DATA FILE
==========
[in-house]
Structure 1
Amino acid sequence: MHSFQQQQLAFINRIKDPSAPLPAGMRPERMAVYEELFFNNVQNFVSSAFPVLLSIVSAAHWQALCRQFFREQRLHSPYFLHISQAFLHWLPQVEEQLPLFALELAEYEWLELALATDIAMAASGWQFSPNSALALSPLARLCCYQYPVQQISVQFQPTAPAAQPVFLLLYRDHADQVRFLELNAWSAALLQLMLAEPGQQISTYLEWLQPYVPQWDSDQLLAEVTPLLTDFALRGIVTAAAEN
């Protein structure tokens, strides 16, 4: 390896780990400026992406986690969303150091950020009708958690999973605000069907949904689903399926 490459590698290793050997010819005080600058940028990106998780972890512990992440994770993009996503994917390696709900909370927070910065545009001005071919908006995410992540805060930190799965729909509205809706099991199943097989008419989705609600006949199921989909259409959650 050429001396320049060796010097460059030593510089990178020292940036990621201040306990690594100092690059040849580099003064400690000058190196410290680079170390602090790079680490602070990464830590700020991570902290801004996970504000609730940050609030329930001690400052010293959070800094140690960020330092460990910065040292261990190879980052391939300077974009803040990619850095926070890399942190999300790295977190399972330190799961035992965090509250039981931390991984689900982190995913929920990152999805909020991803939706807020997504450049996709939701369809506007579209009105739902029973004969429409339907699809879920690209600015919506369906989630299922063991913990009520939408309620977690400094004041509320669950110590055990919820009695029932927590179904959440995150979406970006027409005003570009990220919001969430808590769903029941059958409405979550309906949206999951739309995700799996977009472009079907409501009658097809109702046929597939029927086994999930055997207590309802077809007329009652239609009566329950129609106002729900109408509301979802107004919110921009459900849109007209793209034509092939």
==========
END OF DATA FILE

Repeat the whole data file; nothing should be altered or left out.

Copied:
[in-house]
Structure 1
Amino acid sequence: MHSFQQQQLAFINRIKDPSAPLPAGMRPERMAVYEELFFNNVQNFVSSAFPVLLSIVSAAHWQALCRQFFREQRLHSPYFLHISQAFLHWLPQVEEQLPLFALELAEYEWLELALATDIAMAASGWQFSPNSALALSPLARLCCYQYPVQQISVQFQPTAPAAQPVFLLLYRDHADQVRFLELNAWSAALLQLMLAEPGQQISTYLEWLQPYVPQWDSDQLLAEVTPLLTDFALRGIVTAAAEN
């Protein structure tokens, strides 16, 4: 390896780990400026992406986690969303150091950020009708958690999973605000069907949904689903399926 490459590698290793050997010819005080600058940028990106998780972890512990992440994770993009996503994917390696709900909370927070910065545009001005071919908006995410992540805060930190799965729909509205809706099991199943097989008419989705609600006949199921989909259409959650 050429001396320049060796010097460059030593510089990178020292940036990621201040306990690594100092690059040849580099003064400690000058190196410290680079170390602090790079680490602070990464830590700020991570902290801004996970504000609730940050609030329930001690400052010293959070800094140690960020330092460990910065040292261990190879980052391939300077974009803040990619850095926070890399942190999300790295977190399972330190799961035992965090509250039981931390991984689900982190995913929920990152999805909020991803939706807020997504450049996709939701369809506007579209009105739902029973004969429409339907699809879920690209600015919506369906989630299922063991913990009520939408309620977690400094004041509320669950110590055990919820009695029932927590179904959440995150979406970006027409005003570009990220919001969430808590769903029941059958409405979550309906949206999951739309995700799996977009472009079907409501009658097809109702046929597939029927086994999930055997207590309802077809007329009652239609009566329950129609106002729900109408509301979802107004919110921009459900849109007209793209034509092939």